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Table 1 Decline in Median Projected Warming ______________________________________________________________________________________ Estimate Value ______________________________________________________________________________________ IPCC 1990 initial estimate IPCC revised 1992 estimate IPCC revised 1995 estimate After allowing for overestimation of direct CO2 warming After allowing for flattening of methane concentration 3.2°C (5.7°F) 2.6°C (4.7°F) 2.0°C (3.6°F)

1.75°C (3.2°F)

1.5°C (2.7°F)

After allowing for decrease in carbon dioxide accumulation 1.25°C (2.3°F) ______________________________________________________________________________________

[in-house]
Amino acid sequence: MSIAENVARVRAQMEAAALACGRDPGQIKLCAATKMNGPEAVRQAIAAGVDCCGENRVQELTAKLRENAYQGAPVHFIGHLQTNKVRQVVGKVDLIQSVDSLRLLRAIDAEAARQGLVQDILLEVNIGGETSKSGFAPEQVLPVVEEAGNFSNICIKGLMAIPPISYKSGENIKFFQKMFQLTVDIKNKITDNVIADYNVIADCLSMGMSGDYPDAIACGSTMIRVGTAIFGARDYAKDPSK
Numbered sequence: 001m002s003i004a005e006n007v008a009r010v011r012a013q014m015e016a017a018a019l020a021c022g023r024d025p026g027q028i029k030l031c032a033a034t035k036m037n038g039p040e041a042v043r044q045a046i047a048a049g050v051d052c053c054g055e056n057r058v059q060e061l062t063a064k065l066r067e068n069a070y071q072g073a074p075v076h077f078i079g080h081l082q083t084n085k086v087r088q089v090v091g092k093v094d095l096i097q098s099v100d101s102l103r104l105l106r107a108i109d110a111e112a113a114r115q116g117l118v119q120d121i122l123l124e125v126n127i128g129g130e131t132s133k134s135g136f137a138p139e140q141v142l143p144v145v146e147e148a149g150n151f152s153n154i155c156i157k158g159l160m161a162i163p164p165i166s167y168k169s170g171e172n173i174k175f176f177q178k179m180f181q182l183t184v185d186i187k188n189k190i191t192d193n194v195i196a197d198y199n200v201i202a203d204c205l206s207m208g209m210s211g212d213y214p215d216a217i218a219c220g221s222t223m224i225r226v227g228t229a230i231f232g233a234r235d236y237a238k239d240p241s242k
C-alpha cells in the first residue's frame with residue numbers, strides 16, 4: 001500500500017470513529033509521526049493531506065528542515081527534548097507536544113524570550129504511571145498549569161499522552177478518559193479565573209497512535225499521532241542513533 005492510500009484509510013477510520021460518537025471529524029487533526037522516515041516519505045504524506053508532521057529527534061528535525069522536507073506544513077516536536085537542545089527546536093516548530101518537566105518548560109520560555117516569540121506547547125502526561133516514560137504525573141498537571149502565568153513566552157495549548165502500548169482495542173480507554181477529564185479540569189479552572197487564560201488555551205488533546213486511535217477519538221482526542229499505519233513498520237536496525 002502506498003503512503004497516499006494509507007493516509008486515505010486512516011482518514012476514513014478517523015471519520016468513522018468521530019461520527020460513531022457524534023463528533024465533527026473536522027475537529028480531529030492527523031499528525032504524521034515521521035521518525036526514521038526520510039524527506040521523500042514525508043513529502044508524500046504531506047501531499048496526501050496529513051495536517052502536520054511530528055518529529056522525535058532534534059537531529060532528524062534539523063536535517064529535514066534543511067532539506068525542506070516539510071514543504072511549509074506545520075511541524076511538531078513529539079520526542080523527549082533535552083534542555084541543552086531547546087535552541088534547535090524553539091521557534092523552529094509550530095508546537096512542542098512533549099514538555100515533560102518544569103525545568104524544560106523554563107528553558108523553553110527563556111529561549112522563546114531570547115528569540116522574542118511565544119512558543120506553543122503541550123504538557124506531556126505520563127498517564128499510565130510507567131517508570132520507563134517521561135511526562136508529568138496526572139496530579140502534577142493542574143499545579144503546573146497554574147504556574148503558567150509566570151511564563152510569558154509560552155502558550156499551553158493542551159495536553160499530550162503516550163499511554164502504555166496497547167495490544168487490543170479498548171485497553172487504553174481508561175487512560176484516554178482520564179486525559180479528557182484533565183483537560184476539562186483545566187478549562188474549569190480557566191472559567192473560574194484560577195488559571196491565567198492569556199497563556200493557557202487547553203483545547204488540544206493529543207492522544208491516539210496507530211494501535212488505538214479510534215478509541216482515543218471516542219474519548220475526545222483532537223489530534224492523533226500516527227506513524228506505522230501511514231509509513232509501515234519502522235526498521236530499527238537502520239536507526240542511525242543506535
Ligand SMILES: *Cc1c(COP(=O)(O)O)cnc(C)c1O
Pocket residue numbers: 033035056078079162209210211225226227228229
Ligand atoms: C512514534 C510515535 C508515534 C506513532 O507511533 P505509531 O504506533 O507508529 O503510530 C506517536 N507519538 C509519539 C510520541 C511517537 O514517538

The Nature of Observed Warming How enhanced greenhouse warming will be distributed through time and space is as important a question as how much warming will occur. While the debate regarding the latter dominates the public discussion, the debate surrounding the former is less controversial and pregnant with implications for policymakers. Winter Warming Greenhouse physics predicts that the driest air masses should respond first and most strongly to changes induced by human activities. Those air masses, in fact, are generally the coldest, such as the great high-pressure system that dominates Siberia in the winter and its only slightly more benign cousin in northwestern North America (Alaska and the Yukon Territories). When the jet stream attains a particular orientation, it is the latter air mass that migrates south and kills orange trees in Florida. A look at the trends in the satellite data--our only truly global record of lower-atmosphere temperature--is remarkably revealing. While there is no overall global warming trend, there is a pronounced warming trend in the regions with the coldest winters.